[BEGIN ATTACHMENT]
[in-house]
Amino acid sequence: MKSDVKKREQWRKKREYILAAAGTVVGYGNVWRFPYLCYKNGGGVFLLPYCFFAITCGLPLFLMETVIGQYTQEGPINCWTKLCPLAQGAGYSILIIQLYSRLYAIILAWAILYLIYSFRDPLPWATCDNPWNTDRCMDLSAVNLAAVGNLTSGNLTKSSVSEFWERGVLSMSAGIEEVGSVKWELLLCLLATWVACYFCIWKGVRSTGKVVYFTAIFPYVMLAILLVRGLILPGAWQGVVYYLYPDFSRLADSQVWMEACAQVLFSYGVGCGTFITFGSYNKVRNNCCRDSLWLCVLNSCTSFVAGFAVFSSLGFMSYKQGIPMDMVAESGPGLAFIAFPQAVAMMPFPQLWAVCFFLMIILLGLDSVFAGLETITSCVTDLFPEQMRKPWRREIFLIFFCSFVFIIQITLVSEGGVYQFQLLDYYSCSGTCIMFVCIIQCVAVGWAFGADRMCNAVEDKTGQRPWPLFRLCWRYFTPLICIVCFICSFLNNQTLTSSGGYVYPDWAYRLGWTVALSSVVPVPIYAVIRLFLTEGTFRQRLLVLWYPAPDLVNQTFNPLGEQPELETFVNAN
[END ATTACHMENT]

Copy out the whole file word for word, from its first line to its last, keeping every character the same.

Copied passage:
[in-house]
Amino acid sequence: MKSDVKKREQWRKKREYILAAAGTVVGYGNVWRFPYLCYKNGGGVFLLPYCFFAITCGLPLFLMETVIGQYTQEGPINCWTKLCPLAQGAGYSILIIQLYSRLYAIILAWAILYLIYSFRDPLPWATCDNPWNTDRCMDLSAVNLAAVGNLTSGNLTKSSVSEFWERGVLSMSAGIEEVGSVKWELLLCLLATWVACYFCIWKGVRSTGKVVYFTAIFPYVMLAILLVRGLILPGAWQGVVYYLYPDFSRLADSQVWMEACAQVLFSYGVGCGTFITFGSYNKVRNNCCRDSLWLCVLNSCTSFVAGFAVFSSLGFMSYKQGIPMDMVAESGPGLAFIAFPQAVAMMPFPQLWAVCFFLMIILLGLDSVFAGLETITSCVTDLFPEQMRKPWRREIFLIFFCSFVFIIQITLVSEGGVYQFQLLDYYSCSGTCIMFVCIIQCVAVGWAFGADRMCNAVEDKTGQRPWPLFRLCWRYFTPLICIVCFICSFLNNQTLTSSGGYVYPDWAYRLGWTVALSSVVPVPIYAVIRLFLTEGTFRQRLLVLWYPAPDLVNQTFNPLGEQPELETFVNAN